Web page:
The purpose of the Nuru Household (HH) survey is to collect data to evaluate the effectiveness of the interventions conducted by Nuru International’s programs. The survey primarily addresses Nuru’s Healthcare and Water & Sanitation programs. Due to the holistic nature of Nuru’s model, the survey also aims to assess a few outcomes that result from the overlap of the Agriculture, Community Economic Development (CED) and Education programs (Figure 1).
Nuru monitors and evaluates each program area – Agriculture, CED, Education, Healthcare, Leadership and Water & Sanitation. The monitoring system collects data about operational activities, such as the number of staff members visiting households or the number of health behaviors taught. The evaluation system collects outcome data that results from each activity. Outcomes include changes in behavior and attitude, such as the number of people reporting to have slept under bed nets or those with an improved ventilated pit latrine. Baseline data that is collected, like in the current survey, will not yet assess change in behavior or attitude, but rather the current situation of the community before programs are implemented.
From 2008-2010, the Nuru Healthcare program trained Representatives who were members of Nuru farmer groups. The Representatives were the first cadre of health trainers that the program attempted to train to disseminate disease prevention information. From the Representatives and from other individuals in the community, approximately 44 Community Health Workers (CHWs) were trained and supervised by Nuru Field Officers (FOs) and Field Managers (FMs). From 2010-2011, the Nuru Healthcare program worked with CHWs, who taught key health behaviors household-to-household in the sublocations of Nyametaburo and Nyangiti in Kuria West district. Nuru assisted in organizing and conducting trainings for the CHWs – providing skills training, supervision, and performance assessment for the home visit tasks. The Healthcare team will scale to the Ihore sublocation in May 2012, and Moheto and Ngochoni sublocations all in Kuria West district in June 2012. The HH Survey is currently being performed in the new sublocations to collect baseline data before the HC program initiates interventions.
The goal of the Nuru Healthcare program is to reduce the mortality rate of children under 5 years old in a sustainable and scalable way. The Healthcare team aims to communicate clear and correct messaging about disease prevention, teaching 6 key health topics which include:
The Healthcare team teaches 8 key health behaviors within the topics, including:
Thus, the HH survey will also help to gauge which stage of behavior change community members are in, if at all, based on Nuru’s Healthcare program intervention. The HH Survey asks questions to determine if individuals know how to prevent certain diseases, if they know what causes diseases, and if they are making the changes to prevent diseases from occurring in the first place.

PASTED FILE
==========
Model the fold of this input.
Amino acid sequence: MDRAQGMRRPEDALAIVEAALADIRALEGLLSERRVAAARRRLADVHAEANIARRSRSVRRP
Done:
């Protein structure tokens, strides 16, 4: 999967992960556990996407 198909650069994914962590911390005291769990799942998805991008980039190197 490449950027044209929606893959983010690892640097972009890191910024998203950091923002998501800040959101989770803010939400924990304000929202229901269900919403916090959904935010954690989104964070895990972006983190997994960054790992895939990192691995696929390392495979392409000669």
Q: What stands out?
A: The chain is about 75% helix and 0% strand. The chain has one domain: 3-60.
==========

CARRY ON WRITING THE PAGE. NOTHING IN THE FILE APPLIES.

Below are the outcome indicators or program metrics the HH Survey will measure for the Healthcare program:
Water & Sanitation
The goal of the Water & Sanitation program is to reduce water-born diarrheal diseases in rural communities. This is carried out through H20 training, which consists of how to use clean water (purifying), hand washing, and using latrines.
Below are the outcome indicators or program metrics the HH Survey will measure for the Water & Sanitation program:
Overlap of Programs
Additional questions related to agriculture were added to triangulate community-wide data for yield compared to Nuru yield for maize. Through the Community Economic Development (CED program, Nuru members can possibly access loans for paying for a plough, a plough cow or school fees. The following indicators are included in the HH survey due to their ability to cross-cut programs, supporting Nuru’s holistic model. They are not yet program metrics, but will help us begin to better understand the interplay between programs.
Agriculture + CED metrics
CED + Education metric
To implement the survey, the M&E staff trained 6 teams with 2 enumerators each (12 total enumerators) to carry out day-to-day survey operations. One M&E Field Manager (FM) supervised 2 teams each, for a total of 3 survey groups. Each survey group carried out the survey in separate villages. The survey took approximately 40-50 minutes to complete. Each team aimed to complete 5 surveys per day, or 30 per day combined. A team of 3 data entry staff was also trained to Check, Score and Code surveys similar to the MPAT.